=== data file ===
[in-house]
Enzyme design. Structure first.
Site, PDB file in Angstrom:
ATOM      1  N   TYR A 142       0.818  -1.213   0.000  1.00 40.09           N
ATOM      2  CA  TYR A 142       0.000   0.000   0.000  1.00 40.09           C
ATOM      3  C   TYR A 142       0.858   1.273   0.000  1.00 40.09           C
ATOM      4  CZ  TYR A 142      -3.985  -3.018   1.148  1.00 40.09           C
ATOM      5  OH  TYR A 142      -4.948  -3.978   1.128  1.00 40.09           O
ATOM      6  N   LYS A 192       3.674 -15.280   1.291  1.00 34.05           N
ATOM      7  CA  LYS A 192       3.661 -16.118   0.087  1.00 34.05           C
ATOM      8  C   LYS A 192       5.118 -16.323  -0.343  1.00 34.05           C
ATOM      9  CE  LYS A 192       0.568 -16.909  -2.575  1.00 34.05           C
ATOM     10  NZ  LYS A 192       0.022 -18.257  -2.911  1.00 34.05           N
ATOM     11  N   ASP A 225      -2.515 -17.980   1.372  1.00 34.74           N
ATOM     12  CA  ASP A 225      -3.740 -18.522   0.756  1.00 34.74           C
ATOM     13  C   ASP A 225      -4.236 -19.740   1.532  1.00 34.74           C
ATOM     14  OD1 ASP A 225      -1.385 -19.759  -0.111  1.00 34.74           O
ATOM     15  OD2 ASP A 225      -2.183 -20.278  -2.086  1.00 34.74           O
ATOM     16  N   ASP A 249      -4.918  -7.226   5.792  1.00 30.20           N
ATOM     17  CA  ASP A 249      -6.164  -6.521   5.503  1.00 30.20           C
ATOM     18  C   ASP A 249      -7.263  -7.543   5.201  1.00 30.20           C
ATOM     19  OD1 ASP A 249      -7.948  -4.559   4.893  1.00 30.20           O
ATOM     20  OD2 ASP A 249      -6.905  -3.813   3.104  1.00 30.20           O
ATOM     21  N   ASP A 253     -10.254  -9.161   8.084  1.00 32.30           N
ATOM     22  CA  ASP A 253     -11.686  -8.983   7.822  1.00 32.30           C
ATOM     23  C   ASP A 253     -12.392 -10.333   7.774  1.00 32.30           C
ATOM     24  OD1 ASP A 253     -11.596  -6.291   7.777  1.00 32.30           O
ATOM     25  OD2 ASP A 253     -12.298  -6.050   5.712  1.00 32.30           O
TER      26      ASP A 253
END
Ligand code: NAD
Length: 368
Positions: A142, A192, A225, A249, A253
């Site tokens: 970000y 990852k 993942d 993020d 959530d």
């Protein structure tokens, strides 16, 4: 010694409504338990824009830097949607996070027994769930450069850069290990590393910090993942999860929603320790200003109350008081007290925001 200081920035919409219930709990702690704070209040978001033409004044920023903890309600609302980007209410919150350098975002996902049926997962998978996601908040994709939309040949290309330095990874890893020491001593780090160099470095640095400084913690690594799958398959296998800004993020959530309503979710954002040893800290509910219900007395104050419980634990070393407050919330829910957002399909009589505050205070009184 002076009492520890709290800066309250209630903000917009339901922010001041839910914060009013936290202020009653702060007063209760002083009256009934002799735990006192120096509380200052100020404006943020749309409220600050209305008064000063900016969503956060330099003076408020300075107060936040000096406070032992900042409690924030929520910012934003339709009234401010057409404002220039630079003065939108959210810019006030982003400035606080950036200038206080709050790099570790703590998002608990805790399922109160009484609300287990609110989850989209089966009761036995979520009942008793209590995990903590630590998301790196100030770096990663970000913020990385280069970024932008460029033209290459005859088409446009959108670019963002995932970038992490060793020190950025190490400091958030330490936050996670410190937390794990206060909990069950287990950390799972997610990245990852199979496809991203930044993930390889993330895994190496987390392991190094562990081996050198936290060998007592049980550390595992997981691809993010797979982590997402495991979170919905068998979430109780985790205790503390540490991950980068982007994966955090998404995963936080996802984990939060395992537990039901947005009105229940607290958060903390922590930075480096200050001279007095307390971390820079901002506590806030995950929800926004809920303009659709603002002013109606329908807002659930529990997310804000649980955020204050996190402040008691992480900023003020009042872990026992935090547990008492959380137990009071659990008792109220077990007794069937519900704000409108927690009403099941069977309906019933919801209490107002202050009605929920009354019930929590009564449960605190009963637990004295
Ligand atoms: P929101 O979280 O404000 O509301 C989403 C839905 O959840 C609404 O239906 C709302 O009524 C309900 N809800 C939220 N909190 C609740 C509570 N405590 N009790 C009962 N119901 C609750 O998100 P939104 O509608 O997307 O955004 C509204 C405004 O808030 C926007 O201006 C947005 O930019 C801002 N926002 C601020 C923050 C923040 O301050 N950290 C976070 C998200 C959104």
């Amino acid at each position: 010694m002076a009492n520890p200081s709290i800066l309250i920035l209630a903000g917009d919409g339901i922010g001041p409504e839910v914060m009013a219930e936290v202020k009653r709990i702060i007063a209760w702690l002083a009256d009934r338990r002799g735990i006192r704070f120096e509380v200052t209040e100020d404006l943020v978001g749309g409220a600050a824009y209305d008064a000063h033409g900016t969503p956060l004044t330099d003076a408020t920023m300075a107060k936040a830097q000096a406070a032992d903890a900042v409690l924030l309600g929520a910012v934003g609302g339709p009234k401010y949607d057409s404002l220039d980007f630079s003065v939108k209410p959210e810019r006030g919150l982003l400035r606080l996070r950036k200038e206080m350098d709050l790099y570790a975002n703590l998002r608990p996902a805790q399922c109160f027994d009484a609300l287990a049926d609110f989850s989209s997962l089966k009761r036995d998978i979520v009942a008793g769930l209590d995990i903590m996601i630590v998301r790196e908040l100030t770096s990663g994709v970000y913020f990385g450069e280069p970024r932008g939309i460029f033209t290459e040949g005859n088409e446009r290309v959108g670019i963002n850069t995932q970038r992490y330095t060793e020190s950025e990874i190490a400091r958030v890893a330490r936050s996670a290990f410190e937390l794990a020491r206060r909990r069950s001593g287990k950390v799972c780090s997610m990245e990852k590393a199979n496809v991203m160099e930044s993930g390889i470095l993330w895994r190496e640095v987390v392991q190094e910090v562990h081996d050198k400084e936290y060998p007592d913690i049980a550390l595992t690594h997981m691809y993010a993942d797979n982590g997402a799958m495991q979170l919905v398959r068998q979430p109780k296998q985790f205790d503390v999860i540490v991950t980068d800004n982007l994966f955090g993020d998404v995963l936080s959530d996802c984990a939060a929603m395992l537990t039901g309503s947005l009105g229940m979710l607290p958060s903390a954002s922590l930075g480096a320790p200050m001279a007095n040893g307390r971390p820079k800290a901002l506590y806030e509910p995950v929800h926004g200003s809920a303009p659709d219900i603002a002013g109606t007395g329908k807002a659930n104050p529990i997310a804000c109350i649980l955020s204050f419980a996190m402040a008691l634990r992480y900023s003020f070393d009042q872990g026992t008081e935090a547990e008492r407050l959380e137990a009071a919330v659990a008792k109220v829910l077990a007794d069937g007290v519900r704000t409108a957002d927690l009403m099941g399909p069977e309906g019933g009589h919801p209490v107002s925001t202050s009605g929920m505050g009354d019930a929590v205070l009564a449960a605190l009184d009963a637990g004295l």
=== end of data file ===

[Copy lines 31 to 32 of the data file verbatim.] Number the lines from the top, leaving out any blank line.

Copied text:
Ligand code: NAD
Length: 368